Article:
US Embassy Country Officer for Antigua Meets with Antigua & Barbuda Workers Union

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US Embassy Country Officer for Antigua Meets with ABWU

The impact of Chinese developmental projects, migrant workers and the lack of tripartite engagement were some of the issues discussed during a recent meeting between the Antigua and Barbuda Workers’ Union and the U.S. Embassy’s newly appointed Country Officer for Antigua and Barbuda, Ms. Tabitha Snowbarger.

The Country Officer and her colleague, Mrs. Amelia Swift, Political Specialist in the Political-Economics section of the U.S. Embassy, Bridgetown, were gathering information on labour relations and workers’ rights for the 2022 Antigua and Barbuda Human Rights Report.

Much of the deliberations centered on concerns about the way Chinese developmental projects have been negotiated and executed.

General Secretary, David Massiah, contended that such projects brought little benefit for ordinary Antiguans and Barbudans, as the involvement of local labour had been limited to menial, low-paying jobs.

The General Secretary also noted that opportunities for skills transfers had been almost non-existent.

Massiah further explained that the failure to train locals on maintaining Chinese equipment had created additional challenges for workers whose jobs depend on the functioning of these equipment.

Moreover, Massiah added, some Chinese projects had violated environmental codes and disregarded local health and safety standards.

The Deputy General Secretary, Chester Hughes, urged that Caribbean governments should “stop looking towards fast-paced, competitive development and look towards slow-paced meaningful development.”

The Country Officer enquired about the conditions of employment for migrant workers. Massiah revealed that exploitation is common among this group of workers.

Hughes, in supporting this position, indicated that the current policy governing the issuance of work permits made it exceptionally difficult for migrant workers to navigate within the labour market.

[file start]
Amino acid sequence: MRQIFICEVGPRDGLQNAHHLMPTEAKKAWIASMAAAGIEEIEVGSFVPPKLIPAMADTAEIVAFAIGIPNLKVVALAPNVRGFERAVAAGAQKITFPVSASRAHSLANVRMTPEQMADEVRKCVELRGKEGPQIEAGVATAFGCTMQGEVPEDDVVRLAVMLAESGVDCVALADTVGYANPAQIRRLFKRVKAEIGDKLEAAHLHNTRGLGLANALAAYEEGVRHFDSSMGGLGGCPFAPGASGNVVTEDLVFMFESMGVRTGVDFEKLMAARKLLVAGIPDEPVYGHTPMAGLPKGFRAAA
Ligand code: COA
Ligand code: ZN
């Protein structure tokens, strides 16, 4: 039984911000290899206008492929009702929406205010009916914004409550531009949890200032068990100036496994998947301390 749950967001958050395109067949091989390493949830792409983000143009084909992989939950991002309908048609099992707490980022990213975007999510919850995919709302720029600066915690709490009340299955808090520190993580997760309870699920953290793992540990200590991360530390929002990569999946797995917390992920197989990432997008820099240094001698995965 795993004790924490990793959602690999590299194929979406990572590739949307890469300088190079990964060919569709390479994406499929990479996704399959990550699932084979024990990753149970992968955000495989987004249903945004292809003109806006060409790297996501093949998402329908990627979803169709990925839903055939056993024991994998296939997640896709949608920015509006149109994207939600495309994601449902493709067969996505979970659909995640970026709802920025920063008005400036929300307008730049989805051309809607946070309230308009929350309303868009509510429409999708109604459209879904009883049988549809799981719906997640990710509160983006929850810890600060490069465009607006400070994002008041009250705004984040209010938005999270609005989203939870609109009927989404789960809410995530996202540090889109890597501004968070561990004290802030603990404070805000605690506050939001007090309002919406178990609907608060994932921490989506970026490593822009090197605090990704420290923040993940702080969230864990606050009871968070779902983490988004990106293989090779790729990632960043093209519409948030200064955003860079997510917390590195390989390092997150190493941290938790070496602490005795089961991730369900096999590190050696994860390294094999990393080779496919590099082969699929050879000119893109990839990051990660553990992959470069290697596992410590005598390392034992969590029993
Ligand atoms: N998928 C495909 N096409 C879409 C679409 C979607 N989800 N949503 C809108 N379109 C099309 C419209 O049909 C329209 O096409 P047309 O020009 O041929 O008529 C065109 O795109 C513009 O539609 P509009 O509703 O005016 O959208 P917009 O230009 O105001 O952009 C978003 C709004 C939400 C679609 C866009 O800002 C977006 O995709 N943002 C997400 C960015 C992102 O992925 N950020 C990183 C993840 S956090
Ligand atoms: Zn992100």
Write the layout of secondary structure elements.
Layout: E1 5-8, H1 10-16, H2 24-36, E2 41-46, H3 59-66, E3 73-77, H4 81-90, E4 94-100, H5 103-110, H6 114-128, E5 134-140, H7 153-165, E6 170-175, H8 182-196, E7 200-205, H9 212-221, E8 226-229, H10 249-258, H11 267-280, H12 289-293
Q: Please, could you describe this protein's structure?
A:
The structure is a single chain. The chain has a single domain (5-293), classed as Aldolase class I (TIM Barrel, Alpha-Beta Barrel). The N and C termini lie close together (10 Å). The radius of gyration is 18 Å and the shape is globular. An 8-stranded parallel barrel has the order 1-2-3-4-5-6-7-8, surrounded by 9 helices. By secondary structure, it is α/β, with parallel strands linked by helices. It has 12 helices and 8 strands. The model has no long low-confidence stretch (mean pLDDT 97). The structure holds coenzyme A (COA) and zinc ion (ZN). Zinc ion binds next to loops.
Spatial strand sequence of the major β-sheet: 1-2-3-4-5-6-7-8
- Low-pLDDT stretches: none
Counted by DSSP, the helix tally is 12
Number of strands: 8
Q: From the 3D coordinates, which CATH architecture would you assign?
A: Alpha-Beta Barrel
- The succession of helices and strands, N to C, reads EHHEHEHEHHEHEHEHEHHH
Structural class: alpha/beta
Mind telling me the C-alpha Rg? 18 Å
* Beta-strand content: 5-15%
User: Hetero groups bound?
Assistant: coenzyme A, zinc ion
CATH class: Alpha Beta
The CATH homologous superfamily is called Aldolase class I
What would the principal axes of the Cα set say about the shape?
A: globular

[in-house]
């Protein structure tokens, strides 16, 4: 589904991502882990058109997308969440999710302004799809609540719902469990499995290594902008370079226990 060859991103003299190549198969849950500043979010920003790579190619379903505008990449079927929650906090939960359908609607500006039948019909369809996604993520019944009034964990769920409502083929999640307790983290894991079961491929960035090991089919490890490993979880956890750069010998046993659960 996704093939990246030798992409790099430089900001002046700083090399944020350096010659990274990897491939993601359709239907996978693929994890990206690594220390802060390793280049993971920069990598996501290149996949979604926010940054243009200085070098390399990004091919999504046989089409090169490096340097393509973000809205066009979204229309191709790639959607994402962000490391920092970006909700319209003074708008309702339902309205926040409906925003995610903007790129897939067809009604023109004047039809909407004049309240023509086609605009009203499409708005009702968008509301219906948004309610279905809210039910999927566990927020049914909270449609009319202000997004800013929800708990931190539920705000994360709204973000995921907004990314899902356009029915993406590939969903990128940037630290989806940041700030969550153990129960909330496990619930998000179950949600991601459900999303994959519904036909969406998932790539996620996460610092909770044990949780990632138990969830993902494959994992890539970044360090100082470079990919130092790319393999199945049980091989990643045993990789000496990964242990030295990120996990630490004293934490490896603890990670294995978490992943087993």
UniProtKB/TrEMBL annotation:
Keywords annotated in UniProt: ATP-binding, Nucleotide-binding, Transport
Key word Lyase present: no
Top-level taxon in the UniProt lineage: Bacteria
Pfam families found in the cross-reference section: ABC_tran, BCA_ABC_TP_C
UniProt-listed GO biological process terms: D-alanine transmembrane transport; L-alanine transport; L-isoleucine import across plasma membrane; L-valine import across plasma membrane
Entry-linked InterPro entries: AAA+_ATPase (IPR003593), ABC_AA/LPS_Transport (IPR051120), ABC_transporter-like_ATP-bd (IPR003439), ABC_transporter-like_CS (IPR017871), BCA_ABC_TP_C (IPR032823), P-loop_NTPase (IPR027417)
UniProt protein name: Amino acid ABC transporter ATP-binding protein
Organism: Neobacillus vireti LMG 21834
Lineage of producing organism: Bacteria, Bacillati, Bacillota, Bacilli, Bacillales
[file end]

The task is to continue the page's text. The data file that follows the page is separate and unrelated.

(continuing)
He noted, for example, that presently, work permits are not transferable from one employment to another.

Consequently, migrant workers must pay for a new work permit each time they change employers. Moreover, the Deputy General secretary explained that the cost of work permits has tripled within recent years.

 

Another area of concern that emerged during the discussions was the need for a tripartite approach towards the ratification and implementation of international conventions. The General Secretary noted, for example, that there had been no consultations with stakeholders ahead of the ratification of ILO Convention 190. This resulted in certain anomalies that could have been addressed prior to ratification. Further, Massiah insisted on the need for greater dialogue as Antigua and Barbuda joins the rest of the world in preparing for a “just transition” to more sustainable forms of energy.

 

 

He chided the government and its “just transitioning” team for attempting to use the Union only to “rubber stamp” its presentation to the COP22 meeting, as opposed to seeking a genuine exchange of concerns with regards to the impact on jobs.

 

The possibility for a resumption of training opportunities in Industrial Relations also formed part of the discussions. The Union Officials identified three priority areas: Labour Statistics, Mediation and Labour Inspection for Labour Practices. The U.S. Embassy Country Officer expressed interest in facilitating these training opportunities.

 

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3 COMMENTS

  1. “He, Chester Hughes noted, for example, that presently, work permits are not transferable from one employment to another.

    Consequently, migrant workers must pay for a new work permit each time they change employers. Moreover, the Deputy General secretary explained that the cost of work permits has tripled within recent years.”
    Is this something which happened within the last eight years? Hmmmmmm, why wasn’t this amended to be employment-friendly for Caribbean nationals?
    From recent news, the current administration is discussing a change of policy on this matter.

    In any case, what has the US done for developing countries in the Caribbean to bring much needed assistance I’m growth and development?

    All they do is collect data to decide how to categorize us. What tangible investments or sustainable projects are they offering?
    The Chinese might not good for us but they bring something to the table.
    How many American built structures are in Antigua and Barbuda?

  2. In Antigua All investors do the same. We have expats coming here to work at one hotel and are here after they are laid off or they just change jobs.
    The investors here are not Antiguans friendly. We send our people to study and yet they are not given opportunities to shine in their own country. There is always some white man sitting behind the desk and our people doing the work. This must stop .

  3. I just wonder, did she meet only with the ABWU or did she meet with all unions? Cause if that is not the case, one must wonder what the motive here is. It is these types of tactics that cause the USA to have a bad name and being accused of instigating confusion, protestations and ultimately chaos in some countries. Are they working on doing that here in peaceful Antigua and Barbuda?

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